South of San Francisco, the Peninsula and South Bay offer a myriad of options for combining riding and sightseeing. More famous for tech - Apple, Google and Facebook - than singletrack, Silicon Valley does though sport many diverse parks and preserves, most clustered along Skyline Boulevard (Highway 35). This twisty, scenic road runs along a ridge of hills that separate the Valley from the Pacific. It's these hills that block the infamous San Francisco fog from reaching much beyond SFO International Airport, giving the Valley a gorgeous summer climate.
The riding varies in technical complexity, scenic value and in distances - both horizontally and vertically. It's best in summer and fall, but there are good spring and winter options. I've concentrated my suggestions based on accessibility from San Francisco, quality of riding and overall diversity.
Much of the land available for riding is managed by Mid Peninsula Regional Open Space District. While they look after a huge area of land (62,000 acres across 62 parks), mountain bike access is generous but with strictly enforced rules. It pays to respect them. Not only because the fines are steep and the chances of being caught are high, but more importantly because continued access remains somewhat fragile. User conflict and ecosystem impact are high on the list of concerns and support for mountain bikes is not strong within the governing organisation. So please ride like a responsible local and follow the rules.
Popularly known as Skeggs, this area is around 45 minutes out of San Francisco. Travel south on Highway 35 and park at Vista Point, about 8 miles south of the intersection with Highway 92. The trailhead is 100m north of the parking lot on the west side of the road. There are usually paper maps available here.
El Corte de Madera is arguably the best riding in the Bay Area. It's what keeps the Downieville fans from going stir crazy over winter, gives the 'real' mountain bikers a landing pad and keeps many ex-pat kiwis from going home. Skeggs serves up primo benched singletrack, long descents, some fun technical patches, challenging climbs and healthy distances amidst stunningly beautiful forest. The package includes regenerating and old-growth redwoods, Manzanita that smells amazing in the summer heat, banana slugs, deer, bobcats, giant salamanders and many, many fellow mountain bikers. Large sandstone features, a giant redwood and the memorial and wreckage of a commercial airline that crashed enroute from Sydney in the '50s all add to the points of interest.
Nevertheless the trails are the true attraction. As El Corte de Madera's access is from the top of Skyline, all rides start with descents. Which means all rides finish with an ascent, mostly a tough one. So save some energy for the final 30-45 minutes. The trails are generally dual direction but there are some that lend themselves to gravity so plan a route that maximises the super fun descents such as Giant Salamander, Blue Blossom and Steam Donkey. Methuselah, Resolution and El Corte de Madera all work well in both directions.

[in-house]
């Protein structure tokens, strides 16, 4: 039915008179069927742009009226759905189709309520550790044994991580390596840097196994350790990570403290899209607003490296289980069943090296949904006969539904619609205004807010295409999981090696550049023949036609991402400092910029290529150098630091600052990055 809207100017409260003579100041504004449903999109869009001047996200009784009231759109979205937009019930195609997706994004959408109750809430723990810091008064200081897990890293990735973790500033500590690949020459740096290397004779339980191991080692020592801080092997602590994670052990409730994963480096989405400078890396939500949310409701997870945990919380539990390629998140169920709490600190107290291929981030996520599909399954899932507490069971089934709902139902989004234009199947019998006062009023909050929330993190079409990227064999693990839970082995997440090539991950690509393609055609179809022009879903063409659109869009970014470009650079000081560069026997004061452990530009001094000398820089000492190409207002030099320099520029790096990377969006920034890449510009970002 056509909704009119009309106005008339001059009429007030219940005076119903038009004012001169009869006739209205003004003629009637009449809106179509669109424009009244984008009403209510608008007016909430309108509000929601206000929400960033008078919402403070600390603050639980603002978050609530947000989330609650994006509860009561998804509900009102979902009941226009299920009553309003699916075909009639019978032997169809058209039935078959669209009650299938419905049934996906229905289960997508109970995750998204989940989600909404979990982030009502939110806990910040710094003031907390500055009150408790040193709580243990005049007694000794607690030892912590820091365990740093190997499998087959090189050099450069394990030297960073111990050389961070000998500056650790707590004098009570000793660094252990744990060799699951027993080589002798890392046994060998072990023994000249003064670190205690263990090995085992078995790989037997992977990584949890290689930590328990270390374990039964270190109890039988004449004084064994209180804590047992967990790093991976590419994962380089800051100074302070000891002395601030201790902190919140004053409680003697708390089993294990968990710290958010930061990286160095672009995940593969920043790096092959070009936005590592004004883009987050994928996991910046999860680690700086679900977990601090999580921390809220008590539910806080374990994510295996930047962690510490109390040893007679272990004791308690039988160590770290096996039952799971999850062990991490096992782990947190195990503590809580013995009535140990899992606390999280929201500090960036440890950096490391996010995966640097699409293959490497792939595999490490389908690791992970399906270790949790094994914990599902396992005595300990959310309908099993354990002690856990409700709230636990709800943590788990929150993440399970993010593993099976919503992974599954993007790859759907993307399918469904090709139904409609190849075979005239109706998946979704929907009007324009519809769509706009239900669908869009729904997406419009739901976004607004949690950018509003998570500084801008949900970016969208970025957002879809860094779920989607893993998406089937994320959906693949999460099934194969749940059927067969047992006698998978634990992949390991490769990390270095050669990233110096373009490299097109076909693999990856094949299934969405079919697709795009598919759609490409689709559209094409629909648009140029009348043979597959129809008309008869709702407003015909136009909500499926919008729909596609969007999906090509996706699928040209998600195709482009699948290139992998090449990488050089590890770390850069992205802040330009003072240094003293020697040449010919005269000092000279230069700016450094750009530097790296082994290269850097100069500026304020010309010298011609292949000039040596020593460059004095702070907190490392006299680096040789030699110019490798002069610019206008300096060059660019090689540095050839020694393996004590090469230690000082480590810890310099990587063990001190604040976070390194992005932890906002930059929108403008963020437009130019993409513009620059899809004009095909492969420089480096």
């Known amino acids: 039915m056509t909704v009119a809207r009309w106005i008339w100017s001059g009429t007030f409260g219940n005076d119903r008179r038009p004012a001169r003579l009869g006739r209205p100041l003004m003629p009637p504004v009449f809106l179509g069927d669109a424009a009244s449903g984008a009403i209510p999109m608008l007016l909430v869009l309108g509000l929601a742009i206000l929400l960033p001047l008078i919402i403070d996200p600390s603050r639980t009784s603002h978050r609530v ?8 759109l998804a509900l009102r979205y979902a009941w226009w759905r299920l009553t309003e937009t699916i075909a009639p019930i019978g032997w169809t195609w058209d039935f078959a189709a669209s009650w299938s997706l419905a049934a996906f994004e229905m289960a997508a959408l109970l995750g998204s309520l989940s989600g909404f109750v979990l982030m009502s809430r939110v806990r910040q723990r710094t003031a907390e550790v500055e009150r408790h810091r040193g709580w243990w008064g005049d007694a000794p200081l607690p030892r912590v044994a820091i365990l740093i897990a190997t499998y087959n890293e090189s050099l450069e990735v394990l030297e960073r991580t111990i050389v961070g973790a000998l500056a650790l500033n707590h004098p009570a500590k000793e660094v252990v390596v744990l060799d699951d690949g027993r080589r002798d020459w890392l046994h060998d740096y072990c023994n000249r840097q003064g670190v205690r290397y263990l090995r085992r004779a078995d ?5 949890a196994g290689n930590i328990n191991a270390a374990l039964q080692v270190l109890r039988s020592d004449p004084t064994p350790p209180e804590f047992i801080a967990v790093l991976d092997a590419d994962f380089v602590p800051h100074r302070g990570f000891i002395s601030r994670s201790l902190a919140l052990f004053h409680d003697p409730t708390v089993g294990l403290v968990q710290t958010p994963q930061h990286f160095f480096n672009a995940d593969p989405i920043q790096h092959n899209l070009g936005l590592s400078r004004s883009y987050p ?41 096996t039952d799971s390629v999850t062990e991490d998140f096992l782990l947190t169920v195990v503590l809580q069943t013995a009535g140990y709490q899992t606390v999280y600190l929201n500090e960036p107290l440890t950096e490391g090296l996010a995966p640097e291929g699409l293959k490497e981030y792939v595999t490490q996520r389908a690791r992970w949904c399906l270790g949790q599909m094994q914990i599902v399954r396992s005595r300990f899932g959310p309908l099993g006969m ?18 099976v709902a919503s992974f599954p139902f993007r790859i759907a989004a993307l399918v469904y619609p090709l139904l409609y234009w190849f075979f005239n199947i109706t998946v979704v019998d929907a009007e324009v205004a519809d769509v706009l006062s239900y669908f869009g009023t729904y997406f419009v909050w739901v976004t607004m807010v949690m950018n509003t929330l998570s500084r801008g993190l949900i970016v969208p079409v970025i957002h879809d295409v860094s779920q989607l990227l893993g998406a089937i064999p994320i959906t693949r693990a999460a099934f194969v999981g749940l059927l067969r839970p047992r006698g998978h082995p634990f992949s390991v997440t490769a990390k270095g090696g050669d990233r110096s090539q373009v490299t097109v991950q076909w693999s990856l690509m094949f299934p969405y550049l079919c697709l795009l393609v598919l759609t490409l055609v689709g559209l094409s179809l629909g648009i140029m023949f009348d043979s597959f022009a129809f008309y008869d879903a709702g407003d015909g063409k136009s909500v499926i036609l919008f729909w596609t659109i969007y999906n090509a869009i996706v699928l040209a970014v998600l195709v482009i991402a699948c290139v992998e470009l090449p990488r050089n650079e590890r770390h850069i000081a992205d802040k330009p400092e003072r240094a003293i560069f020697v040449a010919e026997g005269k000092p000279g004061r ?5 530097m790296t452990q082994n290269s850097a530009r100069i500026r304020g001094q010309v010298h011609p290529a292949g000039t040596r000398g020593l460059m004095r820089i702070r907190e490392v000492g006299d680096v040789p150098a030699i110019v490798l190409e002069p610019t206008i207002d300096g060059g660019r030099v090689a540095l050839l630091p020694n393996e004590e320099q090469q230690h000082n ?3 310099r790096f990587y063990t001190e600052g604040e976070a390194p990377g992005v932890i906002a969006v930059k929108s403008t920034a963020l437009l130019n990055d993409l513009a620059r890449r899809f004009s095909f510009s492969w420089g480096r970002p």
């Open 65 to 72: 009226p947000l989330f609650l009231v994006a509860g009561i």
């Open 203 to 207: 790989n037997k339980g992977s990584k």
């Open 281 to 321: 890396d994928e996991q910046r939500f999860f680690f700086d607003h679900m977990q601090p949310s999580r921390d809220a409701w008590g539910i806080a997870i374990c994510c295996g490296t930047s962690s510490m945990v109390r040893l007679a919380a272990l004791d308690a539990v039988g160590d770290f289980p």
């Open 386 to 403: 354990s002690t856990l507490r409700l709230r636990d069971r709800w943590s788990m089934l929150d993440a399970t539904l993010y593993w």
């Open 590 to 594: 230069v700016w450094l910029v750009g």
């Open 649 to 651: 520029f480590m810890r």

Some suggestions: The Perimeter: a 2-3 hour loop, with a little over 1000m of climbing. Includes long descents, the most technical trail in the park (South Leaf Trail) and a lot of up and down towards the end. Head down Resolution (keep an eye out for the scar of the plane crash), left on El Corte de Madera, North Leaf, South Leaf, Virginia Mill, Lawrence Creek, Blue Blossom, right on Gordon Mill, Crossover, Crosscut, right on Timberview, Manzanita to car park.
Clockwise Loop: 1.5-2 hours. Scenic, fun and a nice finish. El Corte de Madera, North Leaf, Methusalah, Giant Salamander, Timberview, Manzanita with an add-on option of Resolution and left on El Corte de Maderato retrace your initial footsteps to the car park.
Anti-clockwise Loop: 2+ hours. Bomb Sierra Morena to the road. Head south along the highway for1km, left on Bear Gulch and head west for another km until you see gate CM05 on your right. About 100m down the trail, turn left (don't go straight ahead) and continue down Springboard trail, past the first intersection to the top of Blue Blossom. This is quintessential California trail and probably the most popular in the park. At the end of Blue Blossom turn up (right) Gordon Mill, Crossover, left on Crosscut, left on Timberview and follow this fire road down. You'll pass a side trail (no bikes) that leads to an Old Growth Redwood. After another three quarters of a km of fast descent (mind the speed traps) there's an obvious clearing. Giant Salamander is on the right. A swooping, beautifully built trail weaving through Redwood and Douglas Fir. At the end of Giant Salamander you'll hit Methuselah. Turn right for a fast exit to the top of Manzanita and the parking lot or left to head out on a less direct route via North Leaf, El Corte and/or Resolution.
Most trails at Skeggs hold up well to the winter rain (although some become intolerable, and few are closed). When the marine layer fog sucks in, it's brutally cold no matter what else is happening down in the Valley. There can be a 10-15 degree difference, and often wet and with a fierce wind. Other times (especially autumn) a temperature inversion is common - 30°C + at seven in the morning. Speed restrictions apply and rangers are always around on weekends. There are often large walking parties to navigate past or through. On the plus side, poison oak and ticks are scarce. A post-ride tradition is lunch and a beer at Alice's, a roadside diner at the top of route 84. From here you can return to I280 and San Francisco by heading down 84 to Woodside.
Waterdog is a small area in Belmont City. It packs a good biking punch for its size, with multiple technical trails and challenging, fun variations to string together. You can easily kill an hour and a half here. Beware the high numbers of walkers, runners,dogs and poison oak. Wear long clothes and try to avoid the peak timessuch as Saturday morning and Sunday afternoon.